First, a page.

5. Just because someone isn’t a member of the Church or even a Christian, doesn’t mean they are wicked. Sometimes we LDS folks forget this.

  6. A few observations:
    1. I think as a people we tend look at the gospel in terms of absolutes and not generalities. Hence we expect every action to have a consequence: every sin to bring a penalty, every act of obedience to bring a blessing (Mosiah 2:24). However, experience tells us that people who obey The Word of Wisdom can get sick, people who pay their tithes can be poor, and good people can get a raw deal. But in actuality the commandments work in a much more generalised manner: because we obey the word of wisdom we as a people are relatively free from substance abuse (an absolute scourge of society), the church teaches us to get out of debt and stay out of debt (good counsel that helps us again as people to prosper), chastity helps to prevent sexual disease, unwanted pregnancy etc. So these ‘sins’ I suggest are examples of wickedness which lead to unhappiness in genral terms. Yes, not everyone will become an alcoholic, get an STD and so on, but in rough measure the commandments work and keep us free from negative consequnces in a very approximate way.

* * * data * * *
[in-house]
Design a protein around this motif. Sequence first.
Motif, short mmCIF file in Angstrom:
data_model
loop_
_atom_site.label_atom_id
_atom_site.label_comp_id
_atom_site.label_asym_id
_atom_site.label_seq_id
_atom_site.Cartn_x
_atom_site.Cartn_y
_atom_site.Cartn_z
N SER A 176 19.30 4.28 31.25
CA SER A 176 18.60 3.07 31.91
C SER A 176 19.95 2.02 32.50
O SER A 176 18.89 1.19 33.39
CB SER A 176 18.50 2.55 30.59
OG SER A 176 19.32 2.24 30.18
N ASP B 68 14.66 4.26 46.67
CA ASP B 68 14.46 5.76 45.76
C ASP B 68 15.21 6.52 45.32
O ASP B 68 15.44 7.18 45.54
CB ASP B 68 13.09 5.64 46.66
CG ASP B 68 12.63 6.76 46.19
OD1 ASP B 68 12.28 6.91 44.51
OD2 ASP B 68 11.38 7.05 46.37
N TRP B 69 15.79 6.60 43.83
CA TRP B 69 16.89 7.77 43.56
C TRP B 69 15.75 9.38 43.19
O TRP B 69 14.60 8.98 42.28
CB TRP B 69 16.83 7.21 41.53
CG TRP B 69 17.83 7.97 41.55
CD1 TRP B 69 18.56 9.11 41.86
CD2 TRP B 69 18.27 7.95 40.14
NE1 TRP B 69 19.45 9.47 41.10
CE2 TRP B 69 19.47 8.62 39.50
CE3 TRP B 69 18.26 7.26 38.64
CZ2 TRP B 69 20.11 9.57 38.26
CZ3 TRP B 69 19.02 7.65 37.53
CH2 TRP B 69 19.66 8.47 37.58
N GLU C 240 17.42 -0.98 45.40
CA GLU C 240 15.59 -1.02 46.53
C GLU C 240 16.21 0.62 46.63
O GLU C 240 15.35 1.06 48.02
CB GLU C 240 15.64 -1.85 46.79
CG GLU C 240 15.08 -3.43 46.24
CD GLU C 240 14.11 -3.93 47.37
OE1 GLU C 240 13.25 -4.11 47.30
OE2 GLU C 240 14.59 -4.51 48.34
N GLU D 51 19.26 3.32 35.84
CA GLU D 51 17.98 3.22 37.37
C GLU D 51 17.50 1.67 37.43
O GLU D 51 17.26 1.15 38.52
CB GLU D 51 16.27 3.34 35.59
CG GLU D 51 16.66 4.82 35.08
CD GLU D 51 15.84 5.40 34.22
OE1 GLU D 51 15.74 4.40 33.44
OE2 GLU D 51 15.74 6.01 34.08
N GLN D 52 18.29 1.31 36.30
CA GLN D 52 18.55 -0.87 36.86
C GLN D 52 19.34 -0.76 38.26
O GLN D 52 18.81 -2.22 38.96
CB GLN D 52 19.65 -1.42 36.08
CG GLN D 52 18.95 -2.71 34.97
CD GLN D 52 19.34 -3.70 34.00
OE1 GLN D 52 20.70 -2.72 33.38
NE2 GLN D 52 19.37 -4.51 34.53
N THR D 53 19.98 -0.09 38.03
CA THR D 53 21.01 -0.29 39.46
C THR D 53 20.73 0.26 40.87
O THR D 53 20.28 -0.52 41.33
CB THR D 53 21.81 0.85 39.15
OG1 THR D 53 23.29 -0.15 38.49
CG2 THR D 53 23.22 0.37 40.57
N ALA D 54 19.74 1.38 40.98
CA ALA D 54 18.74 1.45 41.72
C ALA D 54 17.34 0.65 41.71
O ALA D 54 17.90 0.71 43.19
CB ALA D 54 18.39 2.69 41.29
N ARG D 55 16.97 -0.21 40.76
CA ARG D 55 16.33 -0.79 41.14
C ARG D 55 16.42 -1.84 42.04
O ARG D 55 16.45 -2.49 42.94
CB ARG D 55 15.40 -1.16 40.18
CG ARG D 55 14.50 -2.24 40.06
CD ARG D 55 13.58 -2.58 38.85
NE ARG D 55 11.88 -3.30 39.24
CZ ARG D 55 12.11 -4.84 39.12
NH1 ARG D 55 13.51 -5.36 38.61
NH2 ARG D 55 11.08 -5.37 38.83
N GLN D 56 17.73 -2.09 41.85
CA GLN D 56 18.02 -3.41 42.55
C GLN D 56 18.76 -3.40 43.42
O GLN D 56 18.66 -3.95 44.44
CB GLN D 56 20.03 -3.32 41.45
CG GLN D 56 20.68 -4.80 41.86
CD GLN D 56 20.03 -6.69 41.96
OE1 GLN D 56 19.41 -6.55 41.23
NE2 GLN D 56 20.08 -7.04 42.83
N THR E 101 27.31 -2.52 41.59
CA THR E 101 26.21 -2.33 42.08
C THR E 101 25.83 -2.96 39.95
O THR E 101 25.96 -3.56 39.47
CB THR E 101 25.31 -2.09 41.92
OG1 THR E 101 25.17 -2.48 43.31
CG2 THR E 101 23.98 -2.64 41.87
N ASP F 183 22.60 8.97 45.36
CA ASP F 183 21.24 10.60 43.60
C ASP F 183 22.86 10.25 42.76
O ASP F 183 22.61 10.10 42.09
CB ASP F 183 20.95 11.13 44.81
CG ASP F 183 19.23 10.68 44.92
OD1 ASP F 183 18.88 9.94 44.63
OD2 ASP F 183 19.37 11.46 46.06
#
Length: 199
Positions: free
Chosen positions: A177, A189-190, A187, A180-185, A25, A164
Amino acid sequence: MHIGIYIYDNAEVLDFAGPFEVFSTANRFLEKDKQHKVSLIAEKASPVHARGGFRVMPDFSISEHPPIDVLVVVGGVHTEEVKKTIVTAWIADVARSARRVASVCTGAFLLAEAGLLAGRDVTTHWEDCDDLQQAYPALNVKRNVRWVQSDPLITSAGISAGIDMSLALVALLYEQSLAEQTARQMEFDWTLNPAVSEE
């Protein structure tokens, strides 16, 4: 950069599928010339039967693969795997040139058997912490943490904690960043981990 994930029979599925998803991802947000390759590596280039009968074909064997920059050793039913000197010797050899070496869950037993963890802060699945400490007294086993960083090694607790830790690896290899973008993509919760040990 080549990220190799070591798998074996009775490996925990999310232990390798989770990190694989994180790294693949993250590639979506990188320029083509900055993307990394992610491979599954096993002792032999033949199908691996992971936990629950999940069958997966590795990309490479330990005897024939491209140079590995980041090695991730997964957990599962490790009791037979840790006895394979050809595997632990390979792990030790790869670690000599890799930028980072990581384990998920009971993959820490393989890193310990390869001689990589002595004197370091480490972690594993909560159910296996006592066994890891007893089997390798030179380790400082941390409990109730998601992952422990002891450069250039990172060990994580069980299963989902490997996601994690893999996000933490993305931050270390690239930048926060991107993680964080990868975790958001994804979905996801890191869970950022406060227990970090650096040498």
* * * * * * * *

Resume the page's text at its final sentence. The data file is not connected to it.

2. You don’t need to be a Mormon to live Mormon principles better than a Mormon e.g. Industry, Fidelity, Honesty etc. We do not have the monopoly on wise and good choices, as such we don’t have the monopoly on happiness.

    3. Looking past the mark can make Mormons unhappy, an unhealthy other or self-imposed super high standard of perfection can result in unhappiness. The irony of sisters strivng to be perfect and ending up on prozac is amazing. The older I get the more I realise that man was not made for the sabbath.

  7. Here–http://machaut.uchicago.edu/?resource=Webster%27s&word=happy&use1828=on–is the definition of “happy” from Webster’s dictionary of 1828. It’s worth noting, I think, that while pleasure and enjoyment are mentioned, only one of the definitions offered has much resemblance to our modern usage of the word to describe a particular kind of mood or affect.

  8. Thanks for that link, Kristine. I love the breadth those definitions add to the word “happiness”, and I think they are all useful lenses.